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Phylogeography of Gyrodactylus konovalovi (Monogenoidea: Gyrodactylidae) in Qinling Mountains in Central China

Citation

Chen, Tao et al. (2019), Phylogeography of Gyrodactylus konovalovi (Monogenoidea: Gyrodactylidae) in Qinling Mountains in Central China, Dryad, Dataset, https://doi.org/10.5061/dryad.j6q573n8p

Abstract

Gyrodactylus konovalovi is an ectoparasite on East Asia minnow Rhynchocypris lagowskii that is widely distributed in cold freshwater, the dispersal of this ectoparasite depends on host switching, and it is therefore a good model species to study parasite and fish phylogeographic patterns. We examined the phylogeography of G. konovalovi along with the distribution of its host in the Qinling Mountains in Central China. A total of 109 individuals collected from 21 localities were subsequently sequenced for 536 bp of a mitochondrial cytochrome oxidase subunit I (cox1) gene and 46 haplotypes were obtained. The ratio of substitution sites (dN/dS) was 0.015 and showed purifying selection. Haplotype diversity (h) was highest in the YP population, while nucleotide diversity ( π ) was highest in the TTG population. While h and π were lowest in the XYB population, except for ten populations. Phylogenetic trees based on BI, ML and MP methods and network analysis revealed that all haplotypes were consistently supported in four different lineages, indicating a significant geographic distribution pattern. There was a significant positive correlation between genetic differentiation (Fst) and geographic distance. The results of mismatch distribution, neutrality test and Bayesian skyline plot analyses showed that all lineages were stable without expansion during the Pleistocene, while the total population underwent population contraction during the late Pleistocene. The molecular clock calibration inferred that the most common ancestor was estimated to have emerged in the early to middle Pleistocene. Therefore, our study suggests that clearly phylogeographic distribution of G. konovalovi may be related to geological events such as orogenesis, drainage capture changes and vicariance, during the Pleistocene in the Qinling Mountains in Central China, while the population subdivision was hardly affected by climate fluctuation during the Pleistocene.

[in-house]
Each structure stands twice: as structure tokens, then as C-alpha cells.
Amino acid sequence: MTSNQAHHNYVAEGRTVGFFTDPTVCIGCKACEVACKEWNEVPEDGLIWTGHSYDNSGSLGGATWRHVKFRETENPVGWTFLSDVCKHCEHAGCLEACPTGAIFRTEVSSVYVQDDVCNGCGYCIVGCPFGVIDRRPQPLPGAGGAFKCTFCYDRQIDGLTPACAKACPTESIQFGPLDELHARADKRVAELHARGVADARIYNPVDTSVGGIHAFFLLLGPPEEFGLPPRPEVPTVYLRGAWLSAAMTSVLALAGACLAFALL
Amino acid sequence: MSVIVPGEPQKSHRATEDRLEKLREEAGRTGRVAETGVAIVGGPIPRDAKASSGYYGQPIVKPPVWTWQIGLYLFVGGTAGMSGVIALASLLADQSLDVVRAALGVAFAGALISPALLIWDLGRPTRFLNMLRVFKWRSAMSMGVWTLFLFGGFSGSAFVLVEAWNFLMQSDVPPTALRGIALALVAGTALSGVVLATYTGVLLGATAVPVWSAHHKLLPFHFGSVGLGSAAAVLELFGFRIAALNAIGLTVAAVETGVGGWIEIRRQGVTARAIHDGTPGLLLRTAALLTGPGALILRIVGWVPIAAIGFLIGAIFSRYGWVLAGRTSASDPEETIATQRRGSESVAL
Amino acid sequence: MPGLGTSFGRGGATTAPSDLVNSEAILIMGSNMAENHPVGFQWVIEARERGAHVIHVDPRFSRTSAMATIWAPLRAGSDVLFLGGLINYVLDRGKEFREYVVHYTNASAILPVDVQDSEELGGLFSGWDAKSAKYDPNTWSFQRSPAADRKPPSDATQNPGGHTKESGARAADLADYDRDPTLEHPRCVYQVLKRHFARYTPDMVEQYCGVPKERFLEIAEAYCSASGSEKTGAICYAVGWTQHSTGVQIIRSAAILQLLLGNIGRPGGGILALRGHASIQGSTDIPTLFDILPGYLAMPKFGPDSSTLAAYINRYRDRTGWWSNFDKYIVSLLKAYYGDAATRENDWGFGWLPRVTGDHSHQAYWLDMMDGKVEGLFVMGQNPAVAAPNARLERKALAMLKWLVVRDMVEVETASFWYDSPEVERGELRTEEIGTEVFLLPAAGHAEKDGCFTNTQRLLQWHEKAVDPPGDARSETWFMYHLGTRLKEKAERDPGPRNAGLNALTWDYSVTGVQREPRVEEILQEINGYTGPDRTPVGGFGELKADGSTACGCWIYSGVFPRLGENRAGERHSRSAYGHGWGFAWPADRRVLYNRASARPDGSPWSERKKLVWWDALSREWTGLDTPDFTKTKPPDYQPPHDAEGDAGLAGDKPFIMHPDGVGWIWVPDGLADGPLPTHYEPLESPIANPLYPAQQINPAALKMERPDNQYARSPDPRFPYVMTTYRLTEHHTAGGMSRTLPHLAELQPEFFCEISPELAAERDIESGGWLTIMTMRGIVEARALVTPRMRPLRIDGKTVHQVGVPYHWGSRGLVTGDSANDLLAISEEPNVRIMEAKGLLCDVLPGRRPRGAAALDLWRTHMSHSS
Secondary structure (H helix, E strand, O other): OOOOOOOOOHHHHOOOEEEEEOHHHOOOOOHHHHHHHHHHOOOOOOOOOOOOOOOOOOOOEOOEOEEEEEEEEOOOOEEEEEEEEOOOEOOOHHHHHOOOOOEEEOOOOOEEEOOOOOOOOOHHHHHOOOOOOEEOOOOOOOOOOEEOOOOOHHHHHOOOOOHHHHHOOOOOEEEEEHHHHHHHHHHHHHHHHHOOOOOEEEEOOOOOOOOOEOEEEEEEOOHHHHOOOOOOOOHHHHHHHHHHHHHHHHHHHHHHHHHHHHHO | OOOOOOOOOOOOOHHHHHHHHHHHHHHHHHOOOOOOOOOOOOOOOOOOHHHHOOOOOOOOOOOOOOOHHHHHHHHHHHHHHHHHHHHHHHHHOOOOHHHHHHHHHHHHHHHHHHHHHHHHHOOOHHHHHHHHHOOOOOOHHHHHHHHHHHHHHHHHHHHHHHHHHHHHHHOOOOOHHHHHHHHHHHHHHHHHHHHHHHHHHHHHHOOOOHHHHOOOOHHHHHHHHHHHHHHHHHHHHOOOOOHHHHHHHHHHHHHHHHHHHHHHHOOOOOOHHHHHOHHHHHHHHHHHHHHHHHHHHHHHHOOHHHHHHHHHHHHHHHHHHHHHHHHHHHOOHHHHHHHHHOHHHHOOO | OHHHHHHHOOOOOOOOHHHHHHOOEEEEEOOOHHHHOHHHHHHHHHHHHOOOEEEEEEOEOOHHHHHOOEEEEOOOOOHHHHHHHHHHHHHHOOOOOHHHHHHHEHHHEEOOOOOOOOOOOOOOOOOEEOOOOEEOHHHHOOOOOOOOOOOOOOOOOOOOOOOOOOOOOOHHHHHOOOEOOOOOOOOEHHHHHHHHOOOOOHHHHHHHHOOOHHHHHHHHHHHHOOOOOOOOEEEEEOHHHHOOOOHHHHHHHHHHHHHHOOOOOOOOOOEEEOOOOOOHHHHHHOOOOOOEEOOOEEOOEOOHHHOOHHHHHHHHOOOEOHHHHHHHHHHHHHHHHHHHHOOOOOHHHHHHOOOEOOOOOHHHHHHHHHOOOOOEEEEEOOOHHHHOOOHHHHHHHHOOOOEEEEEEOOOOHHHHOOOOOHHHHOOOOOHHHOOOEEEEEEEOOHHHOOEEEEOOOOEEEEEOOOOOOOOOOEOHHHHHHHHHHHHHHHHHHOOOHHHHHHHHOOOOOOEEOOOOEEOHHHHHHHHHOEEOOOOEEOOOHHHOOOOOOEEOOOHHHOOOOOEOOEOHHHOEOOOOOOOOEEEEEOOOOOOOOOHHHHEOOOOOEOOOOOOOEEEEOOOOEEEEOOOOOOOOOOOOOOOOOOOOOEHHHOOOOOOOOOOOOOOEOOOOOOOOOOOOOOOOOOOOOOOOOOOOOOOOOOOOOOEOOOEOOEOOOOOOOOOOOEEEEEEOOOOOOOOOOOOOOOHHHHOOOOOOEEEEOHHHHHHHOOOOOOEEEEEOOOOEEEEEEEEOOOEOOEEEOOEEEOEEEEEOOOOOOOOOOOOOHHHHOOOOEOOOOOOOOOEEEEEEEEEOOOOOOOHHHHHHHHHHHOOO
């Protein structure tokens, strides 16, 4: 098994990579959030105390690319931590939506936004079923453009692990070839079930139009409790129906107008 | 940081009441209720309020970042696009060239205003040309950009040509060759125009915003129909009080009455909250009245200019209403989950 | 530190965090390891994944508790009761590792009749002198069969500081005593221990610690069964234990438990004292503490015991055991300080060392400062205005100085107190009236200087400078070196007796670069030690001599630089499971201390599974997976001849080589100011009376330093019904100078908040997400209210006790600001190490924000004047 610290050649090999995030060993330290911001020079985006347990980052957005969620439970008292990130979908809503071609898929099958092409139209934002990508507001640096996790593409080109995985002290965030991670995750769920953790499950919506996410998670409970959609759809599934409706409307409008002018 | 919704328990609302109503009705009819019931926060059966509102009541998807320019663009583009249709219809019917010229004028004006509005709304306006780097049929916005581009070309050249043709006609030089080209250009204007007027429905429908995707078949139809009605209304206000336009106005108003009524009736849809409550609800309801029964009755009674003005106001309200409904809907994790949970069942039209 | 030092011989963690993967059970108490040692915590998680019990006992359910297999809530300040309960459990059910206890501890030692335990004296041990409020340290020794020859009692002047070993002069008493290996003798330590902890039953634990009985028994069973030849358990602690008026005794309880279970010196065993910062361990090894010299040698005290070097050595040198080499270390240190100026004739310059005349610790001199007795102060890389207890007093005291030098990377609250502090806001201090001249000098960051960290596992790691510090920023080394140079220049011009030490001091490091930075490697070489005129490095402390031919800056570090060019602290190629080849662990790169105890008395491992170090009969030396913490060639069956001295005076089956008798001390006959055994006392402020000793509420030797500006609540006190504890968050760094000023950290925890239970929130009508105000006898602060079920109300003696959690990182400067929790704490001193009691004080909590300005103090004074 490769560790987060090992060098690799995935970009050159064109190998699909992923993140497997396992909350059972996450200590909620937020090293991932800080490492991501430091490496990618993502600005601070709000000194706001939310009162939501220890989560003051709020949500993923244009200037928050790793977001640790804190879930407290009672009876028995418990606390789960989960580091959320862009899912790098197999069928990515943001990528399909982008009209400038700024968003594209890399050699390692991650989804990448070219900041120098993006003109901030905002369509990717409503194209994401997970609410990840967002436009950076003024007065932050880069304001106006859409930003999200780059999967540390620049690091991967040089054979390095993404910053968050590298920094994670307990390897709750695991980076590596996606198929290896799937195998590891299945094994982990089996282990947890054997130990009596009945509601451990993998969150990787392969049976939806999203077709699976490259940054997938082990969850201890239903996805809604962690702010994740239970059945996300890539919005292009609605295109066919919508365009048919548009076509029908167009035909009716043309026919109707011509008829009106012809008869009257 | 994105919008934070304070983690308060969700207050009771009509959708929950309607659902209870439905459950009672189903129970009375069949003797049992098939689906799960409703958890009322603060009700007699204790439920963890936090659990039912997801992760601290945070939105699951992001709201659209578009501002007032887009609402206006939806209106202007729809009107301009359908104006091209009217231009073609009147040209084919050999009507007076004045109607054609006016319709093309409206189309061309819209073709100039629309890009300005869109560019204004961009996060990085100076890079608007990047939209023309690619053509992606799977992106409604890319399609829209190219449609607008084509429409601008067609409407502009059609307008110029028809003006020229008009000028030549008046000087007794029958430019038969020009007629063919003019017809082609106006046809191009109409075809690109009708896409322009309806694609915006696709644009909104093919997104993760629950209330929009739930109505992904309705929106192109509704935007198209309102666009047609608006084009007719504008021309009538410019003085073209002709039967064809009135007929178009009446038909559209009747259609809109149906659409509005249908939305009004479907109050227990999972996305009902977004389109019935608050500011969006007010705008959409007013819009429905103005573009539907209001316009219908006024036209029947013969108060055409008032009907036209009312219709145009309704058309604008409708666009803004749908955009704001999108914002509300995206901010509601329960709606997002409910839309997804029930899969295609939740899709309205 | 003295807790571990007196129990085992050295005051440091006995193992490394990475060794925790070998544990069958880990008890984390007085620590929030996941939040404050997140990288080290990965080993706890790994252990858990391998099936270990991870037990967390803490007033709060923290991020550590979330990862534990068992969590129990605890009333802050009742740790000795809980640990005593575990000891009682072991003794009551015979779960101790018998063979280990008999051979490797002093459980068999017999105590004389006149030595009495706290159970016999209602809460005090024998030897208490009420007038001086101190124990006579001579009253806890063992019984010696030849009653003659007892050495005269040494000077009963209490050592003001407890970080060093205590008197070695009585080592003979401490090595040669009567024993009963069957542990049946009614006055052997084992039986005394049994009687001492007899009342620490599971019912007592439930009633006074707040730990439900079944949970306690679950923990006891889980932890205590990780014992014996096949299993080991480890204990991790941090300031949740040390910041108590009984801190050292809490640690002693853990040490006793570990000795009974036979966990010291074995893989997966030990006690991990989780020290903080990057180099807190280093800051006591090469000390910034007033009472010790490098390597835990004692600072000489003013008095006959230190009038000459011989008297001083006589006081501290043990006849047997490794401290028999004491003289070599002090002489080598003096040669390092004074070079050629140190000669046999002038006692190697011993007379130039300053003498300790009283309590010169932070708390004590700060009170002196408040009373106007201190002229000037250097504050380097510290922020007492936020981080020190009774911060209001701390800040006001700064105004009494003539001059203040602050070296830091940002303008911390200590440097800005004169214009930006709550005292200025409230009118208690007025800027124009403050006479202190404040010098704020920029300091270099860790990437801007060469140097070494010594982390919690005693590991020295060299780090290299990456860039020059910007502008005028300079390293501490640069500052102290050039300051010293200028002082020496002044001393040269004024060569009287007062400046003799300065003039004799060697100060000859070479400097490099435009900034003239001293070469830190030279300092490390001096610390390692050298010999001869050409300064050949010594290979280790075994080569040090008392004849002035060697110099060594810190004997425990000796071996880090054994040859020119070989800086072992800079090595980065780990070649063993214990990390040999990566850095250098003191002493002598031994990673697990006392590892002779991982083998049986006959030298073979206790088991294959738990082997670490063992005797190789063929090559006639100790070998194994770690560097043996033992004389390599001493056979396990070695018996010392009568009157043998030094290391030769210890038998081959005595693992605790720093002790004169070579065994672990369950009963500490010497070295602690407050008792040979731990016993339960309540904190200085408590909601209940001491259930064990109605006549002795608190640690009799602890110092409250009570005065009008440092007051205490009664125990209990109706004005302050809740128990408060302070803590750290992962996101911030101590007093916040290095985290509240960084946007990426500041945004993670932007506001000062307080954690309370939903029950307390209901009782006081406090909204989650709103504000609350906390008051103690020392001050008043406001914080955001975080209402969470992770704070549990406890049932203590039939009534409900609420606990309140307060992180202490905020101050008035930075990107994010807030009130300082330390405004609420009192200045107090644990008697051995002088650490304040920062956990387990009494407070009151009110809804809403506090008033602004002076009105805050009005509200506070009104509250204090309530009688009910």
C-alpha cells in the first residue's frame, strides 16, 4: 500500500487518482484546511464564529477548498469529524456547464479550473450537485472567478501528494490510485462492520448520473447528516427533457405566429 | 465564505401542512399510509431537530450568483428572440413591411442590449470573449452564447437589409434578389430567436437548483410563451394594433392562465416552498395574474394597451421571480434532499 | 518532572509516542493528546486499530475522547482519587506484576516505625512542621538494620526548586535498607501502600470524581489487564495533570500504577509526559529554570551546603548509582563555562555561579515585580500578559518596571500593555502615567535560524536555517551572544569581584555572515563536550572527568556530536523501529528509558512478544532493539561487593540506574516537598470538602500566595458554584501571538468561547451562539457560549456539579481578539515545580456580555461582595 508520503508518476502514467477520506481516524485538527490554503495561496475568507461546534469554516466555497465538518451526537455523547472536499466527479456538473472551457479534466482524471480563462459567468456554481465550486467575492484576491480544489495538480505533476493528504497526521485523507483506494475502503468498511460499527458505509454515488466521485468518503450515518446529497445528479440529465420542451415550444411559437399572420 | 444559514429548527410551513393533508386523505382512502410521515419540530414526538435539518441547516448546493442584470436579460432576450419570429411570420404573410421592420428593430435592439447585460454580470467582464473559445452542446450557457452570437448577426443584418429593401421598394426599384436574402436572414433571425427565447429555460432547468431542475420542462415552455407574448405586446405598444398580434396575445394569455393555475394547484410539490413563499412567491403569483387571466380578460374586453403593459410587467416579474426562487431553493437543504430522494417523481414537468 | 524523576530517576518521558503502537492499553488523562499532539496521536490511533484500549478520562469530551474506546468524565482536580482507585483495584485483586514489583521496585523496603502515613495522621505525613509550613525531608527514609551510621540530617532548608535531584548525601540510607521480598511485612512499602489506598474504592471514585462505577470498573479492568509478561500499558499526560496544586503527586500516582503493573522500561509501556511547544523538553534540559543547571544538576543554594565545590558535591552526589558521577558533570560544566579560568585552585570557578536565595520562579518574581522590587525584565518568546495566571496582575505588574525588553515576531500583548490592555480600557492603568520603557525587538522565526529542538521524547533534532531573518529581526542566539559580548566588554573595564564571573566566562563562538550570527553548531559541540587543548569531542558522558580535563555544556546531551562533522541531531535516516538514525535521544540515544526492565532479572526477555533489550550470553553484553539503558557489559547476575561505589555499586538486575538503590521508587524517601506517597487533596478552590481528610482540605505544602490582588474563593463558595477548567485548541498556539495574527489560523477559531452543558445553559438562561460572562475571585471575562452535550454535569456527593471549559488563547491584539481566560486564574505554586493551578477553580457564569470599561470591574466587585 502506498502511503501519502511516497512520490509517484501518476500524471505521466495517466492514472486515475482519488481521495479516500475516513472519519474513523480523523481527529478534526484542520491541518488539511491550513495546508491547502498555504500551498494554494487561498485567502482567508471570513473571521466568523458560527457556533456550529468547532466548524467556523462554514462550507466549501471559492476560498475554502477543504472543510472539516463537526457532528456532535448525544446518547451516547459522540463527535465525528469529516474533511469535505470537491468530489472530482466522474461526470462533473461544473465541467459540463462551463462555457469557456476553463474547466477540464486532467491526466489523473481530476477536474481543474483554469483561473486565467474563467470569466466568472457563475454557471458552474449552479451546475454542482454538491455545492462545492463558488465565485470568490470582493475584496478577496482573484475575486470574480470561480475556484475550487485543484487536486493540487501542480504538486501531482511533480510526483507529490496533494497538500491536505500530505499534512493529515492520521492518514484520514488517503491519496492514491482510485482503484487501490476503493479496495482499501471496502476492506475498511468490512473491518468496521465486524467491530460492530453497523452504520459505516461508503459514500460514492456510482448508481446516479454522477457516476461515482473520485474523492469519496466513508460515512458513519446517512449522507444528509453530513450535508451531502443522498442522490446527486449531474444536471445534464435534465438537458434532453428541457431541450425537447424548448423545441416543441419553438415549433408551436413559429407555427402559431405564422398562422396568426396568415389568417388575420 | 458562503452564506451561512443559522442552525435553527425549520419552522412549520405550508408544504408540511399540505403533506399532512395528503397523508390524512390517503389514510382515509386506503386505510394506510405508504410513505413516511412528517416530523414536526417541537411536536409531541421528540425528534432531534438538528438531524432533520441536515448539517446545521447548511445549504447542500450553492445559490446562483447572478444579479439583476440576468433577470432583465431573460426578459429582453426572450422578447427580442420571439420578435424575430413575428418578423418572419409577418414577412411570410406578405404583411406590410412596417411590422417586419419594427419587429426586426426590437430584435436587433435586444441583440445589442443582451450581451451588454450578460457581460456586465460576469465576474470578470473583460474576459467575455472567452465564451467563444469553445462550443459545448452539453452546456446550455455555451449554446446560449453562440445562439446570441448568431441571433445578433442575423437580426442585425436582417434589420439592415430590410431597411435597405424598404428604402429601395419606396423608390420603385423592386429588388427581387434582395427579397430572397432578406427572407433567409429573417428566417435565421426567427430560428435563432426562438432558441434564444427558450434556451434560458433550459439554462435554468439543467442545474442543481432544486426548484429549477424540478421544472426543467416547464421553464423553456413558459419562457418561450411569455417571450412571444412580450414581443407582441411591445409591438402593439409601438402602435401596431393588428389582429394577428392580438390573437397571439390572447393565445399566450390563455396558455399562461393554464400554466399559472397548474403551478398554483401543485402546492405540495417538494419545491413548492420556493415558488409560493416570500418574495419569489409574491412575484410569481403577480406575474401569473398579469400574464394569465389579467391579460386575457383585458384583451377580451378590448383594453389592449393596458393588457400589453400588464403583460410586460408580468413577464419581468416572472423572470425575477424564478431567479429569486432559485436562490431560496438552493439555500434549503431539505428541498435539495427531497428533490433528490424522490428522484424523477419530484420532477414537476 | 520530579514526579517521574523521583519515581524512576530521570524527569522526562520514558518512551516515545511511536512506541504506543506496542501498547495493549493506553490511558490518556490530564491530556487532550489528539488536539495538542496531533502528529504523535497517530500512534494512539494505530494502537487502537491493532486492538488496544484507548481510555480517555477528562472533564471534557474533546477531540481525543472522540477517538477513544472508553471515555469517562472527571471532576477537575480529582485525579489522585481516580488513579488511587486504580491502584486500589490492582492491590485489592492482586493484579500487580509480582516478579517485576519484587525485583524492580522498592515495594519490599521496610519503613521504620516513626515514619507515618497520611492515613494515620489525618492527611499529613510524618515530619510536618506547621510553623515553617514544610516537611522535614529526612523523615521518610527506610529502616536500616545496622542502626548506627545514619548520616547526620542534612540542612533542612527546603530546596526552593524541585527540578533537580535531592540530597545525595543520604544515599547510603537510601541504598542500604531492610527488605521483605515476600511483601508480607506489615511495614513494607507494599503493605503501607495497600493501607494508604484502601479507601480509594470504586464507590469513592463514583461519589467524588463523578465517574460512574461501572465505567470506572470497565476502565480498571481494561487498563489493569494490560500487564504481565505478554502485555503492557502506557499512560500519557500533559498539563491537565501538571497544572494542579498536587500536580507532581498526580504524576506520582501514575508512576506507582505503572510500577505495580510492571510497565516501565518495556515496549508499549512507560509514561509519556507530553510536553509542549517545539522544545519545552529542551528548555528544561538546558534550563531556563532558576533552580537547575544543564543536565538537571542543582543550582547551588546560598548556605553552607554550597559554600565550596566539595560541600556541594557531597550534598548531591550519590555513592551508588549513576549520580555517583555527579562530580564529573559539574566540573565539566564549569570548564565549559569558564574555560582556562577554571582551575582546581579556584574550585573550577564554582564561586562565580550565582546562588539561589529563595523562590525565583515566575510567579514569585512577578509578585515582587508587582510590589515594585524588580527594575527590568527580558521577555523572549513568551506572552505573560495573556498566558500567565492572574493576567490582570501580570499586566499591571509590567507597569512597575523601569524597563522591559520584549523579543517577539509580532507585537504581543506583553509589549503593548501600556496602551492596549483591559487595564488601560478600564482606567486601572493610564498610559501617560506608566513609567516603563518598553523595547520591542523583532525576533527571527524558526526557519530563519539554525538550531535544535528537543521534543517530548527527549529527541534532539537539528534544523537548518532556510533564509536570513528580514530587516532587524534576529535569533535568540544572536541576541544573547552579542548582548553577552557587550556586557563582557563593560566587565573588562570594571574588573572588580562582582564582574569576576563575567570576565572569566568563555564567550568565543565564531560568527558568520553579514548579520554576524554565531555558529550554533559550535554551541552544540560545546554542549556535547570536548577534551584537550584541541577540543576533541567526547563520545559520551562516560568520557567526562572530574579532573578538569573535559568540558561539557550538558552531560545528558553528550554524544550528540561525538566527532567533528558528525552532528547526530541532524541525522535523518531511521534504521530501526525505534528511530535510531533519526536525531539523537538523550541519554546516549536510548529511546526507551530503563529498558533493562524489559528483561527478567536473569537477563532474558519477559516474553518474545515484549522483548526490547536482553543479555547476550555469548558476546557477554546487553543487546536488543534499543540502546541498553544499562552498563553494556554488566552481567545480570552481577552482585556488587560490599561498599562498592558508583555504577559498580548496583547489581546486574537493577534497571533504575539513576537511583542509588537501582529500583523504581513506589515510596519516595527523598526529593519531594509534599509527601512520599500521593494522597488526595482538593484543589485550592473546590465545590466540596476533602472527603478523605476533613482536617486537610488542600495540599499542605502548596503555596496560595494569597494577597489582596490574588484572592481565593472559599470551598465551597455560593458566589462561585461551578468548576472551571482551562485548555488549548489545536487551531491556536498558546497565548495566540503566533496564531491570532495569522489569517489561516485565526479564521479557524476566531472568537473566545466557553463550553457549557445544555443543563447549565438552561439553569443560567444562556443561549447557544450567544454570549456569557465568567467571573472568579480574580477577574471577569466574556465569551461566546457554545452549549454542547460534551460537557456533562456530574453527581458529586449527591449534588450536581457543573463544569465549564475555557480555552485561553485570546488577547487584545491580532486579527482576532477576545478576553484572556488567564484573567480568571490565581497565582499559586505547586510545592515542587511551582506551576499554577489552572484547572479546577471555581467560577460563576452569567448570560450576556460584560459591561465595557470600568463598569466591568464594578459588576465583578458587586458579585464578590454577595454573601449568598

Methods

Sample collection

The specimens of host R. lagowskii were sampled from 48 localities covered the most Qinling Mountains from May to October in 2016 and 2017 and stored in 96% ethanol (Figure 1). Gyrodactylus species were collected from the skin and fins of unique host under a stereomicroscope in the laboratory, and one parasite specimen per host individual was used to avoid pseudoreplication. Subsequently, Gyrodactylus specimens were examined microscopically, and species identification was based on the morphology of the opisthaptor (Ergens, 1976) and molecular ITS sequences. A total of 109 samples of G. konovalovi from 21 localities were identified (Figure 2 and Table 1). Finally, each parasite specimen and host specimen were individually stored in 96% ethanol at 4°C. Voucher specimens of parasites and hosts were deposited in the Fish Disease Laboratory, College of Life Sciences, Shaanxi Normal University, Xi’an, China, 710062.

DNA extraction, PCR amplification and direct sequencing

The DNA extraction, PCR amplification and direct sequencing were followed the method of previous study with slight modification (Ye et al., 2017). Total genomic DNA of G. konovalovi was extracted from a single individual using the TIANamp Micro DNA kit (Tiangen Biotech, Beijing, China) following the manufacturer's protocol. The 518 bp ITS2 rDNA (Internal Transcribed Spacer) fragment from each Gyrodactylus specimen was amplified and sequenced for molecular identification according to the method of previous study (You et al., 2014), Gyrodactylus species display the threshold of 1.39% between intraspecific and interspecific variation using ITS sequences (Vanhove et al., 2013). The values of the mean distance of ITS sequences among 21 populations of Gyrodactylus species were within the threshold of 1.39% (Table 2), then it identified Gyrodactylus specimen as G. konovalovi. Subsequently, the cox1 gene sequences of G. konovalovi from the 21 populations with 109 individuals were amplified by polymerase chain reaction (PCR) amplification using a newly specific primers designed based on some genus species Gyrodactylus brachymystacis and Gyrodactylus parvae (Ye et al., 2017), the forward primer gkcox1-F (5'-TAAAGTGGGTAATATAGGAAAA-3') and reverse primer gkcox1-R (5'-CTAAAGAGAAGACATAGTGGAA-3') were used to amplify a segment of 536 bp. Each PCR amplification was performed in a total volume of 25 µl, containing 3.0 mM MgCl2, 10 mM Tris-HCl (pH 8.3), 50 mM KCl, 0.25 mM of each dNTP, 1.25 U rTaq polymerase (TaKaRa, Dalian, China), 0.4 μM of each primer, 45 ng gDNA, tapped with Milli-Q water. The cycling conditions were applied: initial denaturation for 1 min at 93°C followed by 35 cycles of denaturation for 10 s at 92°C, annealing for 1.5 min at 48°C and extension for 2 min at 60°C with a final extension for 6 min at 72°C. All PCR fragments were initially purified with a PCR purification kit (BGI Biotech, Shenzhen, China), subsequently subjected to electrophoresis in a 1% agarose gel and finally sequenced with PCR forward primer with an ABI Prism® 3730 automated sequencer (Applied Biosystems, Foster City, USA).

Usage Notes

GenBank under accession number MN379691- MN379736.

Funding

National Natural Science Foundation of China, Award: 31872203

Natural Science Foundation of Shaanxi Province, Award: 2017JM3014